The German Government Must Take a Leading Role in the EU


By blocking numerous EU legislative processes, Germany’s three-party “traffic light coalition” has wreaked havoc in Brussels. Given the uncertainty surrounding the makeup of the new European Parliament and the presidential election in the United States, it is clear that a U-turn is needed in German EU policy.

We are living in a time of “polycrisis”. This is not only due to recent developments – shifting geopolitical forces, accelerating climate change, and growing anti-democratic trends in many countries – but also decades of political paralysis.

As a result of this paralysis, essential measures needed to modernise and transform our dilapidated infrastructure, as well as our dysfunctional and outdated decision-making structures, have been postponed for far too long. Meanwhile, the transformation of industry, the economy, energy supply, and mobility towards 100 per cent renewable energy resources has never materialised. The costs of this failure to act in the past are all the more evident in the present, where external shocks such as the coronavirus pandemic and the Russian war against Ukraine are exposing citizens’ disappointment and their loss of faith in the ability of politics to solve problems.

In the US, this led to the election of a demagogue who, despite his numerous offences against the rule of law and democracy, is currently ahead of current President Joe Biden in many polls. This in spite of the fact that Biden has recently brought about real change for the better with the 2022 Inflation Reduction Act (IRA). The IRA, which represents reorganisation on a truly grand scale, channels investment primarily into the US regions that have been hard hit by structural change, also reaching small and medium-sized enterprises via tax rebates and creating large numbers of decent jobs through strong ties to the trade unions. The IRA also skilfully combines economic, industrial, social, and ecological objectives and will not be easy to dismantle. Sadly, the benefits brought by this initiative – many of which will take time to materialise – may well come too late for Biden.

Whatever the outcome of the election, it is clear that Europe will no longer be able to rely on the US taking its interests into consideration and contributing to the renewal of the “old continent”. With the IRA, the country has turned its back on free trade, while current debates on financial support for Ukraine and Israel are raising concerns of a US withdrawal from engagement beyond its borders. Even if the US does not leave NATO, the EU must be prepared for this scenario.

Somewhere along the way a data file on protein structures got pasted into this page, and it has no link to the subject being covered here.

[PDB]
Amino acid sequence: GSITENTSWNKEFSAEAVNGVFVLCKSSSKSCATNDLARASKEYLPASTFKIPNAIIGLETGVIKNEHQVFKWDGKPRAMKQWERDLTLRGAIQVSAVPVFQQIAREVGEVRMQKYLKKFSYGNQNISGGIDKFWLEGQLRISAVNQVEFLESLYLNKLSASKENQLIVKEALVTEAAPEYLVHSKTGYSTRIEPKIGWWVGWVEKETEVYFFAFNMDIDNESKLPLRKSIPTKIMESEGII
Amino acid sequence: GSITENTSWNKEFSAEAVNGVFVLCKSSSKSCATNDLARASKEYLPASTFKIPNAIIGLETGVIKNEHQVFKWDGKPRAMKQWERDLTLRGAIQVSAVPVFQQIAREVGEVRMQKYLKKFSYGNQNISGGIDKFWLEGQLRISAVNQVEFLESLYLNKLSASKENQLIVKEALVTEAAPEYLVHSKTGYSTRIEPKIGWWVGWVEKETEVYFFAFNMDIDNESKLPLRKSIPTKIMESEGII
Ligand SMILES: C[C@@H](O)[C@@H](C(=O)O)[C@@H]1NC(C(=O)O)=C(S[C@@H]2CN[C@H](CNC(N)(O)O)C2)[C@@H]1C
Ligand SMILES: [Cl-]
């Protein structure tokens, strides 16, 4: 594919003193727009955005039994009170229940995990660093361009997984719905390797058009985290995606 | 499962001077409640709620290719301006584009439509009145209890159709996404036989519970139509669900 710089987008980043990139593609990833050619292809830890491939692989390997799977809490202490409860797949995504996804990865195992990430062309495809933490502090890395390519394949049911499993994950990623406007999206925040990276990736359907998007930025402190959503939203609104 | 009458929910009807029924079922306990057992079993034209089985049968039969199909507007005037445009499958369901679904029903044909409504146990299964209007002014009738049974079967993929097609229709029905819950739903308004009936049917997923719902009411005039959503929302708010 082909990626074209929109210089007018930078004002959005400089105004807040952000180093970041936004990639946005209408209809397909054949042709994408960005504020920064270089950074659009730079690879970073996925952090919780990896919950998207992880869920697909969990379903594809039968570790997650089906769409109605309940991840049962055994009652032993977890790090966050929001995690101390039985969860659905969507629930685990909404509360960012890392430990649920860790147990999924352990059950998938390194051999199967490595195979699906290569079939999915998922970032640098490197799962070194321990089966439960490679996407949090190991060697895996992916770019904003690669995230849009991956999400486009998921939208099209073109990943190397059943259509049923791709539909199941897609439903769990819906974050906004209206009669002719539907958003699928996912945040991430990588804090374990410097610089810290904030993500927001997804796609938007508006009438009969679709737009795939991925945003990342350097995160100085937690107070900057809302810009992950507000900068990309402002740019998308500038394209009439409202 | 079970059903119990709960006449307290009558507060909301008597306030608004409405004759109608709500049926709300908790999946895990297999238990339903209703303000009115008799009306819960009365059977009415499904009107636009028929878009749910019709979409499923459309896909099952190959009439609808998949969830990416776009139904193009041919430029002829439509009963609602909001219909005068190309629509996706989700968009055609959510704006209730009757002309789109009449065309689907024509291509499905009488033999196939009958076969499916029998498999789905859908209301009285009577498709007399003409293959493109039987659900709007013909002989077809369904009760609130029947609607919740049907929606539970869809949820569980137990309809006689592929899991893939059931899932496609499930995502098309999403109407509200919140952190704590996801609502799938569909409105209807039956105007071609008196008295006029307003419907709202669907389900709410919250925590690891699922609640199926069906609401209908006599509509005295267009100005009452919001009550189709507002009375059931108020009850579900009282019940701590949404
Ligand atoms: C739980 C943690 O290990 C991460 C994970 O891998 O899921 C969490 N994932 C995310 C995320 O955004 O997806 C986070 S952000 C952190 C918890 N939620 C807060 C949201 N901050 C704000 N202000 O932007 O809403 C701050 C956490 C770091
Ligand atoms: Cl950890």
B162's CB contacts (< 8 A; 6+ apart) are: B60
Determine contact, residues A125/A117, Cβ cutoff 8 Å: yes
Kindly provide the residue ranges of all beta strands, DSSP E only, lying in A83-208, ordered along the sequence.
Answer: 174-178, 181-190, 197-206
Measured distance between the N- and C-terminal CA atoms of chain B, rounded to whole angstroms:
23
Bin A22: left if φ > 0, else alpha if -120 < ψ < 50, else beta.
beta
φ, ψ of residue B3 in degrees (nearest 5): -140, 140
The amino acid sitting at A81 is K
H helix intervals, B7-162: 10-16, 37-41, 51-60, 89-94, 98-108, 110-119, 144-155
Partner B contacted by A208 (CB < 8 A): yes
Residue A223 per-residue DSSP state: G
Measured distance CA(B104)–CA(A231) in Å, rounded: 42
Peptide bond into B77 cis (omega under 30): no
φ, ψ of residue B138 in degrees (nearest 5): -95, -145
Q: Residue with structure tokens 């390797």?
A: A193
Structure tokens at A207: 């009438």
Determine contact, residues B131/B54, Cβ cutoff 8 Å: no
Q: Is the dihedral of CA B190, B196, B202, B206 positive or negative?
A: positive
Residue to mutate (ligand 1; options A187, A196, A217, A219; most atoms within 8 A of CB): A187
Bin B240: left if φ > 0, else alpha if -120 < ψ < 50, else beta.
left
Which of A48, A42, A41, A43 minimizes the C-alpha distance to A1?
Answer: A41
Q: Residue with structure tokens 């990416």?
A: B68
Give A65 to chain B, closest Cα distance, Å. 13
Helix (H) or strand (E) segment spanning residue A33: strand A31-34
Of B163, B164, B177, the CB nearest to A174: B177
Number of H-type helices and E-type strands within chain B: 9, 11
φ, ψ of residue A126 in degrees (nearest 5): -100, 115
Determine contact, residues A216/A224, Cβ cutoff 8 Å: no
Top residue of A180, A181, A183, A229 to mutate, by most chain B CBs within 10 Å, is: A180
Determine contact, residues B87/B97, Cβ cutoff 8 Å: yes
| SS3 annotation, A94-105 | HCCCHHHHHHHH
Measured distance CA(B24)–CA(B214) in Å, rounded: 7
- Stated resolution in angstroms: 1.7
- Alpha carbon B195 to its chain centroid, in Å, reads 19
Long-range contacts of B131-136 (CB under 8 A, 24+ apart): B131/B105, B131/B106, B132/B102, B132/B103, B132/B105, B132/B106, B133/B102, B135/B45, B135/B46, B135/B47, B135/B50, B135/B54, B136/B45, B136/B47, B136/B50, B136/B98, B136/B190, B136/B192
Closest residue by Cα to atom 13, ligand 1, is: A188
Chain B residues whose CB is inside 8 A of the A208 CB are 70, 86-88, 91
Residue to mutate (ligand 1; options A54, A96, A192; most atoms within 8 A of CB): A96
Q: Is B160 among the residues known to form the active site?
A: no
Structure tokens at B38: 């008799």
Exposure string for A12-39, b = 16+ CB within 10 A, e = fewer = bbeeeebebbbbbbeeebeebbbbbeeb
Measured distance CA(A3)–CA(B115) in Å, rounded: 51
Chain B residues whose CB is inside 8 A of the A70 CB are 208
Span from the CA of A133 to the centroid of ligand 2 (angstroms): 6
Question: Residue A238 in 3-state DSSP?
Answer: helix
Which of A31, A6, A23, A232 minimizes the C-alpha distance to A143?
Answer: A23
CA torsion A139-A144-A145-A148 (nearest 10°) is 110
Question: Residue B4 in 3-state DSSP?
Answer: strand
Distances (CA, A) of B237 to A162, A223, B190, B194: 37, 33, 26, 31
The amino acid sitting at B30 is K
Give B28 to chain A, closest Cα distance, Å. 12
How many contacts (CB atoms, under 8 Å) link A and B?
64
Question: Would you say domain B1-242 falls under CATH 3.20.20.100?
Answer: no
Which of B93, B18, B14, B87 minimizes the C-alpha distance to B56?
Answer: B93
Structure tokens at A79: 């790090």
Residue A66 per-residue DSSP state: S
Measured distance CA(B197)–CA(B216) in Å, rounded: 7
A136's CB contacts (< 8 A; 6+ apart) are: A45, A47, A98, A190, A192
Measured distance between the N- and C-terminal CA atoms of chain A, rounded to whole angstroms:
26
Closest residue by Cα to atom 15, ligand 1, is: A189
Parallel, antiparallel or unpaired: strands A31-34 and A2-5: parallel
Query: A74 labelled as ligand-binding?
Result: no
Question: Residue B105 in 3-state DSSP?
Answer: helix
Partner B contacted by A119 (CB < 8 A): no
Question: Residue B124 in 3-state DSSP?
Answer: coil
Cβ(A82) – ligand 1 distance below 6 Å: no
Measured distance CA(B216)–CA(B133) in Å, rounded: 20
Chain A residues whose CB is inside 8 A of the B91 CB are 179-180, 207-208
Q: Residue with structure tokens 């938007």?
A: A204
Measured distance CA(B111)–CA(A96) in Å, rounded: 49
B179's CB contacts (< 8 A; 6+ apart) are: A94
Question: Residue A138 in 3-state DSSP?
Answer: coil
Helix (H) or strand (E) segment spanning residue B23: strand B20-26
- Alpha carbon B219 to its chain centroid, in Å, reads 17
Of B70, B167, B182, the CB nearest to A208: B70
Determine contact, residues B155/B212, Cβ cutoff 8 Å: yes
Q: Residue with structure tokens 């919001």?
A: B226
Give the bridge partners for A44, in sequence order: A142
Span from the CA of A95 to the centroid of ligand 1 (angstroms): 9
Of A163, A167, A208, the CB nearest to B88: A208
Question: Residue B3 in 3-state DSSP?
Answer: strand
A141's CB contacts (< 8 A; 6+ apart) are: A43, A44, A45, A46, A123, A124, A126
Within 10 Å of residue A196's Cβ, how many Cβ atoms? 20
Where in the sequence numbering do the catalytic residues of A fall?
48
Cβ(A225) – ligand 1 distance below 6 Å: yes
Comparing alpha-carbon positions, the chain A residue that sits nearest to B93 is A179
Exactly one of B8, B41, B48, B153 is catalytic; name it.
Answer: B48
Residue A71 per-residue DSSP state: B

However, the situation in the European Union is complicated, to put it mildly. Viktor Orbán’s veto, used with increasing force, is calling into question the European Council's ability to act. Meanwhile, the Franco-German engine is running anything but smoothly. The German government recently blocked several EU draft laws while, last month, Chancellor Scholz and President Macron expressed starkly contrasting views on the issue of military support for Ukraine. New joint investments involving all EU states appear increasingly unlikely. Large member states such as Germany and France are also seeking exemptions from the common rules on state aid and competition, supposedly to prevent an industrial exodus, while the smaller member states simply look on.

The reality of climate change requires the EU to take a coordinated, maximally effective approach. Current data suggests that the 1.5-degree target is no longer achievable and that even the 2-degree target is looking shaky. Only the speedy and forceful implementation of the Green Deal, along with an ambitious follow-up programme in the form of a Green Industrial Deal, can do justice to the scale of the problem.

While the EU is technically still strong enough to launch a response to the Inflation Reduction Act, this would require, above all, an active leadership role for the German government in the EU. However, while Germany’s fate is inextricably linked to the European single market and the EU's regulatory action, Berlin maintains a blinkered focus on domestic economic challenges.
There is an urgent need for the German government to actively bring its policies to the European Union and to “think European” with regard to reform and investment needs – particularly on economic restructuring, achieving climate targets, social cohesion, and strengthening the security architecture. According to the 2024 edition of our long-term annual study on Germans’ views on their country’s role in the EU, published on 21 March, a clear majority of the German population would tend to agree.


Get involved! There’s no other way to be real – thus the message of Heinrich Böll, and, to this day, his encouragement is inspiring us. With this column the Presidents of the Foundation involve themselves in current social and political debates. This column will appear each month, authored, in turn, by Jan Philipp Albrecht and Imme Scholz.